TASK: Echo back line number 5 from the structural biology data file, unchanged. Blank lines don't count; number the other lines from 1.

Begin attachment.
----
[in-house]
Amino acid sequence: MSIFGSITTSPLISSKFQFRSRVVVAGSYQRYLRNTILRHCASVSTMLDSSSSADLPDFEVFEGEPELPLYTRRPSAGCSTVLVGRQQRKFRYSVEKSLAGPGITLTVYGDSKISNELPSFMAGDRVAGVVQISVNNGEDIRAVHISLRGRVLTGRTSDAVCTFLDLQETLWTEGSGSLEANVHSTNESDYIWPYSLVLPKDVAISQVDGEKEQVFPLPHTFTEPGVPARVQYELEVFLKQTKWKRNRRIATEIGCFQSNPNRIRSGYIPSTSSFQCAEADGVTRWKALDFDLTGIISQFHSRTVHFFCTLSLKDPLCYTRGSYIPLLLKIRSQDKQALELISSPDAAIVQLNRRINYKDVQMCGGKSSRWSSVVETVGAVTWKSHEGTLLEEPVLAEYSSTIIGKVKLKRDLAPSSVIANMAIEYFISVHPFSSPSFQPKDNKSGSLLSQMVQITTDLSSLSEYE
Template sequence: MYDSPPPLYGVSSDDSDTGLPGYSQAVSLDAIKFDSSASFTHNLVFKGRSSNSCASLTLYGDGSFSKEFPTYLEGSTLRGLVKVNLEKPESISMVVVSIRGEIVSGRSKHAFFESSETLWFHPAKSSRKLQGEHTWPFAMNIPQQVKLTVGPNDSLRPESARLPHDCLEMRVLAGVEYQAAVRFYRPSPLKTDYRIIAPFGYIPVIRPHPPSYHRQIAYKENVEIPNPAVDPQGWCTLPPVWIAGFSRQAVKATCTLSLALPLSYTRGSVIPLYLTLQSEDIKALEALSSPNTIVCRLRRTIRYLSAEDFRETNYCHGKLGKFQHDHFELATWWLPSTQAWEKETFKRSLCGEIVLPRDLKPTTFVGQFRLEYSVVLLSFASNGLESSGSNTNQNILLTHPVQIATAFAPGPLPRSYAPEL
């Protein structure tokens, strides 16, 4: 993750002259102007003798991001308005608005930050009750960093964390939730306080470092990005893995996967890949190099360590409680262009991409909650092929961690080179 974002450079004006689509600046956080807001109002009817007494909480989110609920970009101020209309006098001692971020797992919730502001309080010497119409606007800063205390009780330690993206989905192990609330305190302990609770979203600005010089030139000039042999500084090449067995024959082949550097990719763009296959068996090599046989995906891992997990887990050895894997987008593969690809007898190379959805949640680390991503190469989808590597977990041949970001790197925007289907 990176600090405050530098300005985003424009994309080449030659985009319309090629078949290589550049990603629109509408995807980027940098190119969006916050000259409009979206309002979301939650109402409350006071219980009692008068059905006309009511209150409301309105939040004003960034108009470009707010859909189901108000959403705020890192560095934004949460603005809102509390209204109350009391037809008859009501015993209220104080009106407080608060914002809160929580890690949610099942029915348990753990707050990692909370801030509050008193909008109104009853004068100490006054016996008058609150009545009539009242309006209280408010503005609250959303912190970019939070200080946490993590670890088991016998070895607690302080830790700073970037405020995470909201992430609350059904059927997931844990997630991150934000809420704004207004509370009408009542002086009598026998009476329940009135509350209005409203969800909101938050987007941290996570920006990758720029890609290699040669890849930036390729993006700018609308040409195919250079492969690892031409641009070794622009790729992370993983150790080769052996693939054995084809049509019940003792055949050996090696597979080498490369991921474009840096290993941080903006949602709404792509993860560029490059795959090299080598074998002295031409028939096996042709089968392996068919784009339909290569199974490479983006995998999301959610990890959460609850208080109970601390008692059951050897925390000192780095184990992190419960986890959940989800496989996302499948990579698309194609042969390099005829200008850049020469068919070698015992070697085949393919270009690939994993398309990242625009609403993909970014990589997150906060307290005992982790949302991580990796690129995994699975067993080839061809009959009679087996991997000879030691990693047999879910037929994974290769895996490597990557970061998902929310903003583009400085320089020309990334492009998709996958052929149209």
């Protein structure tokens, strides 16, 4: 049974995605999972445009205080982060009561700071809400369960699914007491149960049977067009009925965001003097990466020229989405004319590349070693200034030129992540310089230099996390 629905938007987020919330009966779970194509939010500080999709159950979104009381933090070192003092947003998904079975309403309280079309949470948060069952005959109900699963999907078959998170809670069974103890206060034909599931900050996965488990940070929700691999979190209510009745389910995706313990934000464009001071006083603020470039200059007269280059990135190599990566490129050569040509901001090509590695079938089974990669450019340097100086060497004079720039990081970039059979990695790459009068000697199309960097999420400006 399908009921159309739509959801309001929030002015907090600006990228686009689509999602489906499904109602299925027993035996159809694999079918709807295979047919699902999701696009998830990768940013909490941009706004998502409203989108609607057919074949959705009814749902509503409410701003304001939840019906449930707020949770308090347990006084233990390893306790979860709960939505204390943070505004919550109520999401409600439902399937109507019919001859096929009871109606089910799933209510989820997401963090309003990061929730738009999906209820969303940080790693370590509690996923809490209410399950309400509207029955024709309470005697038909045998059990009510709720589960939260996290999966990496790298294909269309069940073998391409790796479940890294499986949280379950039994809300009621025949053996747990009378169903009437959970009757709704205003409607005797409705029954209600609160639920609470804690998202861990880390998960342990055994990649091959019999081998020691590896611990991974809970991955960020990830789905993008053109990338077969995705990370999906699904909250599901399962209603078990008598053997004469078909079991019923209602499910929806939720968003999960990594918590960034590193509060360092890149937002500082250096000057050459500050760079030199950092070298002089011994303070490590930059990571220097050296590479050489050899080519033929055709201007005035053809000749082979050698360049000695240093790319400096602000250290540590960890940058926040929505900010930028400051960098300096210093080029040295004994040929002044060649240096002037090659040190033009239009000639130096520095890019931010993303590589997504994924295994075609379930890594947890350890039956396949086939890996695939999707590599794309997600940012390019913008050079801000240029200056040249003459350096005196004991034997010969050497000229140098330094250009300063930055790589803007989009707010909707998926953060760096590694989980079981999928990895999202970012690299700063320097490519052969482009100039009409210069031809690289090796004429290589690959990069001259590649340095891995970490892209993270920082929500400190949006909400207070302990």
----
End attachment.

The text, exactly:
């Protein structure tokens, strides 16, 4: 049974995605999972445009205080982060009561700071809400369960699914007491149960049977067009009925965001003097990466020229989405004319590349070693200034030129992540310089230099996390 629905938007987020919330009966779970194509939010500080999709159950979104009381933090070192003092947003998904079975309403309280079309949470948060069952005959109900699963999907078959998170809670069974103890206060034909599931900050996965488990940070929700691999979190209510009745389910995706313990934000464009001071006083603020470039200059007269280059990135190599990566490129050569040509901001090509590695079938089974990669450019340097100086060497004079720039990081970039059979990695790459009068000697199309960097999420400006 399908009921159309739509959801309001929030002015907090600006990228686009689509999602489906499904109602299925027993035996159809694999079918709807295979047919699902999701696009998830990768940013909490941009706004998502409203989108609607057919074949959705009814749902509503409410701003304001939840019906449930707020949770308090347990006084233990390893306790979860709960939505204390943070505004919550109520999401409600439902399937109507019919001859096929009871109606089910799933209510989820997401963090309003990061929730738009999906209820969303940080790693370590509690996923809490209410399950309400509207029955024709309470005697038909045998059990009510709720589960939260996290999966990496790298294909269309069940073998391409790796479940890294499986949280379950039994809300009621025949053996747990009378169903009437959970009757709704205003409607005797409705029954209600609160639920609470804690998202861990880390998960342990055994990649091959019999081998020691590896611990991974809970991955960020990830789905993008053109990338077969995705990370999906699904909250599901399962209603078990008598053997004469078909079991019923209602499910929806939720968003999960990594918590960034590193509060360092890149937002500082250096000057050459500050760079030199950092070298002089011994303070490590930059990571220097050296590479050489050899080519033929055709201007005035053809000749082979050698360049000695240093790319400096602000250290540590960890940058926040929505900010930028400051960098300096210093080029040295004994040929002044060649240096002037090659040190033009239009000639130096520095890019931010993303590589997504994924295994075609379930890594947890350890039956396949086939890996695939999707590599794309997600940012390019913008050079801000240029200056040249003459350096005196004991034997010969050497000229140098330094250009300063930055790589803007989009707010909707998926953060760096590694989980079981999928990895999202970012690299700063320097490519052969482009100039009409210069031809690289090796004429290589690959990069001259590649340095891995970490892209993270920082929500400190949006909400207070302990």